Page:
Montag’s Grin: A Look at Wikipedia

“It was a special pleasure to see things eaten, to see things blackened and changed.”  

— Ray Bradbury, Fahrenheit 451

Internet culture seems to want to promote two values that, when combined, cannot help but produce some mischief.  How much mischief remains to be seen, but the values to which I refer are anonymity and the wisdom of crowds (a term coined by James Surowiecki).  Both of these principles are central to the design and maintenance of that populist repository of all knowledge known as Wikipedia, which is the sixth most-visited site on the web.  It is rare to conjure a search term that does not produce a Wikipedia link among the top few results; and the site is presumably a first source for most of us and the ultimate source for a lot of us despite the fact that, for instance, biographical information is frequently disputed by many a horse’s mouth.

Wikipedia is egalitarian, not-for-profit, and all-volunteer. Anyone can be an editor (usually under a pseudonym), but it isn’t meant to be a free-for-all.  There are rules and guidelines that are supposed to be maintained by self-governance within the collective, fulfilling the theory that the crowd will, on the whole, produce better work than an elite minority. Nevertheless, the potential for individual actors, shrouded in anonymity, to wreak havoc should not be underestimated, as will become clear if you read this excellent piece of investigative reporting by Andrew Leonard for Salon.com.  In the article, Leonard describes motives and methods behind the antics of a vengeful author named Robert Clark Young, who as Wikipedia editor “Qworty” set about maliciously revising the biographies of literary figures with whom he had a beef while tending to the stewardship and embellishment of Robert Clark Young’s own curriculum wiki.

All in, Qworty claimed to be responsible for some 13,000 edits to the online encyclopedia, and as Leonard rightly points out, he was just one of thousands of editors who work on the site every day.  Although the Wikipedia community seems finally to have put an end to Young/Qworty’s shenanigans, it must be very difficult to mitigate this kind of behavior in an environment comprised of anonymous editors with no required credentials.  Certainly the mission of the group Wikipediocracy “to shine the light of scrutiny into the dark crevices of Wikipedia . . .” suggests that Qworty may not be an anomaly so much as representative of some systemic problems within the Encyclopedia Publica.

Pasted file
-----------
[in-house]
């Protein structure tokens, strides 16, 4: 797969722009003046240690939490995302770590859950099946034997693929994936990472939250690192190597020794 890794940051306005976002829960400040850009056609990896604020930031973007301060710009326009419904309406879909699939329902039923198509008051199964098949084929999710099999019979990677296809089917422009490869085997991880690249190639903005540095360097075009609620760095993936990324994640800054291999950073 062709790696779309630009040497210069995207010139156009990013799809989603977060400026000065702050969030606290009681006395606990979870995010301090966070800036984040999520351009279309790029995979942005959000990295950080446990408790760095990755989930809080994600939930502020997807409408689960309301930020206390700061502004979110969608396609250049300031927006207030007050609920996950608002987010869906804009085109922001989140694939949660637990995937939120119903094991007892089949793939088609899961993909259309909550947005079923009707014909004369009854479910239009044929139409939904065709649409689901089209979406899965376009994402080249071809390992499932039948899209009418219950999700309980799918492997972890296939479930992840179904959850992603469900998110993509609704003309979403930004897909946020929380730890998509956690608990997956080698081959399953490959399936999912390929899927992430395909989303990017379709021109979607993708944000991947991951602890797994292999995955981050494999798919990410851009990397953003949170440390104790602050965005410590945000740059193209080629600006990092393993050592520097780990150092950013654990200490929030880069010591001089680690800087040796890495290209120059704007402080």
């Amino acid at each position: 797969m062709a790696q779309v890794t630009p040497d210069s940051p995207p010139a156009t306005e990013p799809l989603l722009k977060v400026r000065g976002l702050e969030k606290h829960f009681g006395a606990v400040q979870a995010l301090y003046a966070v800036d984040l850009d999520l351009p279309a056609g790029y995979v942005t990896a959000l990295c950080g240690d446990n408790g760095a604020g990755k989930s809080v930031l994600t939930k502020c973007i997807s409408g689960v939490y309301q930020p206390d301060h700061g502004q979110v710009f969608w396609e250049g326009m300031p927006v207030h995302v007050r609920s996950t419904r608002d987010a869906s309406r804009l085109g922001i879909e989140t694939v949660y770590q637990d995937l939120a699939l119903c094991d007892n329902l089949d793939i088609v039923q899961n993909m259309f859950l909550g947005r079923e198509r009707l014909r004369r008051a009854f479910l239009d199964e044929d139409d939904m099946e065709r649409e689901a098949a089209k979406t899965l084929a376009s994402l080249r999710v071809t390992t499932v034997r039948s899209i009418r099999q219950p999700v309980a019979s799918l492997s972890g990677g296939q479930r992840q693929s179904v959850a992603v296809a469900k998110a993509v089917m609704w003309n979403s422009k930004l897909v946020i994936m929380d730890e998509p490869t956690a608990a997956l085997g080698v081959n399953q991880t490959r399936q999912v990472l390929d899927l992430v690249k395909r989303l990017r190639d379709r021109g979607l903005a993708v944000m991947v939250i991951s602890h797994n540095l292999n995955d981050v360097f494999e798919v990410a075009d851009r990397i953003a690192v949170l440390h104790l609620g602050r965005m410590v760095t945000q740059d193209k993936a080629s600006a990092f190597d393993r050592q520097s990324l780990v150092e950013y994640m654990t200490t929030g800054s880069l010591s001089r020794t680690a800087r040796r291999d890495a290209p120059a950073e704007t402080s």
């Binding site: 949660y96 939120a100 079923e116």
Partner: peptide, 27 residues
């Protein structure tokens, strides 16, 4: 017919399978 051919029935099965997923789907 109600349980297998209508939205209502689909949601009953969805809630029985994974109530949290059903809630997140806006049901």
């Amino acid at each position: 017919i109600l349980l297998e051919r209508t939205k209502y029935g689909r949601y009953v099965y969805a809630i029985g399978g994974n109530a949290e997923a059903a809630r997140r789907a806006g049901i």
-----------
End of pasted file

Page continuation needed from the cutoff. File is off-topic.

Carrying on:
I’ll be honest. I generally don’t get the anonymity thing when it comes to free expression in the digital age. I think of anonymity as a tactic for dissident poets in dangerously oppressive countries and total wusses, bullies, trolls, and hackers in free societies.  In fact, I’ll argue that the overvaluation of anonymity in the digital age moves us free societies a step closer toward the not-so-free ones, a sentiment echoed in this weekend’s OpEd by Julian Assange when he refers to the degradation of privacy as a segue to authoritarianism. Presumably, it is the abandonment of privacy that spawns the need, or perceived need, for individuals to assume alternate identities in cyberspace, but it’s easy to see how anonymity through avatar can catalyze an authoritarian society which needs mob rule like fire needs oxygen. Anonymity on the web has fostered the ugliest of mob (i.e. unwise crowd) behaviors where death threats and misogyny seem to flow all too easily from the keyboards of self-righteous young men.  Even the generally well-meaning society of Redditors managed to form a virtual posse that harassed the family of an innocent and troubled young man immediately after the Boston Marathon bombing.

Why anonymity would be necessary for the composition or editing of encyclopedic work is a mystery, but I suspect it has little to do with practicality and everything to do with ideology.  After all to add the imprimatur of a name would only lead to the conclusion that some editors might be perceived as more valuable than others because they are associated with specific expertise or experience in a given area, and this only results in the kind of elitism of experts Wikipedia is disposed to reject as substandard. In theory, all voices are equal, and if we let the process run its course, balance, truth, and fairness will prevail over the occasional malicious actor like a Qworty.  In theory.